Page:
Wednesday, September 21, 2016 by Vicki Batts
Is it really that surprising that most Americans are unaware that booze causes cancer? Alcohol is often painted with a very positive brush, and is a prominent feature of our own society as well as of other societies across the globe.
Despite being widely consumed and readily available, approximately nine out of 10 people do not know that there are many established links between alcohol and cancer. Alcohol is considered a carcinogen, and has been linked to seven different types of cancer. Alcohol is not just a drug, but is also a poison that contributes to 88,000 deaths every year. The CDC reports that about 1,600 deaths are directly related to alcohol poisoning. Conversely, there has never been a reported overdose death that was related to cannabis.
In fact, cannabis is less harmful than alcohol in just about every single way. Alcohol causes brain damage, while studies show that cannabis can actually help prevent alcohol-related brain damage. Alcohol use is clearly related to a number of different cancers. Marijuana Policy Project notes that several different studies have shown that cannabis use can help reduce the risk of certain cancers. Cannabis use has even been associated with a lower risk of lung cancer. And despite the government claims that it contributes to head and neck cancers, studies have shown that such claims are actually the opposite of reality.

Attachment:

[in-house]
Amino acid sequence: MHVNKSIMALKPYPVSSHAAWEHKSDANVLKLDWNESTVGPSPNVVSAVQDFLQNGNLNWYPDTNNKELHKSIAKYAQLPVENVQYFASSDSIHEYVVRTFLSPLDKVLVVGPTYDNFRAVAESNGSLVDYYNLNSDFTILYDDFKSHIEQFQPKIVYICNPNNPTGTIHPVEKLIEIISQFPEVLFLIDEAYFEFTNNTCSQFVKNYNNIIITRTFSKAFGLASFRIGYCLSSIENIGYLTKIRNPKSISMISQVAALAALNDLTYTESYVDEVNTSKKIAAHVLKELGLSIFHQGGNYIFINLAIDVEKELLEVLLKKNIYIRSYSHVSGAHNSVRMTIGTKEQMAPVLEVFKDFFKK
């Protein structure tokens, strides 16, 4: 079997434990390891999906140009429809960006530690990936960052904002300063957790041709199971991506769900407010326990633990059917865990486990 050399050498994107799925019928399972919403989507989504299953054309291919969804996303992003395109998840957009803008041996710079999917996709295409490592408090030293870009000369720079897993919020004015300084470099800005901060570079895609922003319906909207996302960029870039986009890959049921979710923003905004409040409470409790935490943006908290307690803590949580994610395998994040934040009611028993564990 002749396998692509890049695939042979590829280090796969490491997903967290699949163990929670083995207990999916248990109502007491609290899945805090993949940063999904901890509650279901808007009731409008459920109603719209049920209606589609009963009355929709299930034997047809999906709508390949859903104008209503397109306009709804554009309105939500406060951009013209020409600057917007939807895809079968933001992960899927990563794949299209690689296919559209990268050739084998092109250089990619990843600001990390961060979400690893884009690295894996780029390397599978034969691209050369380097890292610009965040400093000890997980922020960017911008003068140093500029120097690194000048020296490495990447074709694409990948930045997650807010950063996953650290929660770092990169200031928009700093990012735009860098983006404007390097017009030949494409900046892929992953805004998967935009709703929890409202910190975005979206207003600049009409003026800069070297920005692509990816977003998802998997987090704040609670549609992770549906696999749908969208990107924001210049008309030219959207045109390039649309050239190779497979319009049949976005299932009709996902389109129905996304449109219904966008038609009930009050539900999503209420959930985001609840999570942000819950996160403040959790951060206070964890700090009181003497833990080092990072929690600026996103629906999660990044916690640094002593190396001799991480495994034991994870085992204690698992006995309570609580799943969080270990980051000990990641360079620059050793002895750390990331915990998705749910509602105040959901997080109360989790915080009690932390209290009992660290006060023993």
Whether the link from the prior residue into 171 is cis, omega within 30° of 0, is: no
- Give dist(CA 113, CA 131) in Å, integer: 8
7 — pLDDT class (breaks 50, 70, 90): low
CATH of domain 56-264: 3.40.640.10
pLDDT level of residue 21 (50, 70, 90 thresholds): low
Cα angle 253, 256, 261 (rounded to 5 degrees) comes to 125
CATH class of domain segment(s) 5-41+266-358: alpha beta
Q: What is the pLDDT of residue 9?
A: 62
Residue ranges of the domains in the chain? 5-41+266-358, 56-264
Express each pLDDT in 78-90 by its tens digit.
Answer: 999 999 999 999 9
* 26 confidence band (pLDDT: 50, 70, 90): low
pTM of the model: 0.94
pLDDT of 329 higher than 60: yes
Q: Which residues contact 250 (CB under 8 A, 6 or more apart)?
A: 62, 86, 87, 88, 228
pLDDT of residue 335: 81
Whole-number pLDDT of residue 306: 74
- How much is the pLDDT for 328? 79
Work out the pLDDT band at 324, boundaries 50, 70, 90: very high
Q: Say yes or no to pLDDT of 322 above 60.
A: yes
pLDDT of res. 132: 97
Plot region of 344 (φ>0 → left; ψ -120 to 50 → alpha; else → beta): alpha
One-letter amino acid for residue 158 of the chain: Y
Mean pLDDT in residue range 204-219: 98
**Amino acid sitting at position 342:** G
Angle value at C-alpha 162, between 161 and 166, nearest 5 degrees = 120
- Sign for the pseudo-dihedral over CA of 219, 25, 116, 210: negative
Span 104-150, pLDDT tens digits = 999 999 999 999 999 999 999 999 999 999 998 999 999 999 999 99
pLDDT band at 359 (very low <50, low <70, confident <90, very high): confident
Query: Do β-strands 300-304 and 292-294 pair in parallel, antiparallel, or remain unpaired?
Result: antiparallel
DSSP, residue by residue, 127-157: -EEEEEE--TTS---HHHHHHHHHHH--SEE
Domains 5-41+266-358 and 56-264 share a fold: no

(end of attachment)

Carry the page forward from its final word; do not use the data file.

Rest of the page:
In addition to not being associated with cancer, cannabis is not associated with other health problems either. Alcohol, on the other hand, is tied to many other conditions. For example, alcohol can damage your heart, liver and pancreas. Damage can be incurred after even just one occasion of binge drinking – never mind what will happen to these organs after many binge drinking episodes.
Studies have shown that in addition to being linked to a variety of health problems, alcohol is also far more addictive than cannabis. MPP reports:
“According to a 1998 report by Drs. Jack E. Henningfield of the National Institute on Drug Abuse (NIDA) and Neal L. Benowitz of the University of California at San Francisco, alcohol’s addiction potential is significantly greater than that of marijuana based on a number of indicators.”
The organization also writes that even federal studies have found that marijuana has a very low potential for addiction, and that it is significantly less addictive than other substances, including legal drugs such as alcohol and nicotine. That’s right; even the federal government has concluded that marijuana is less addictive than booze and cigarettes!
If marijuana is less harmful and less addictive than alcohol, then why is it still illegal?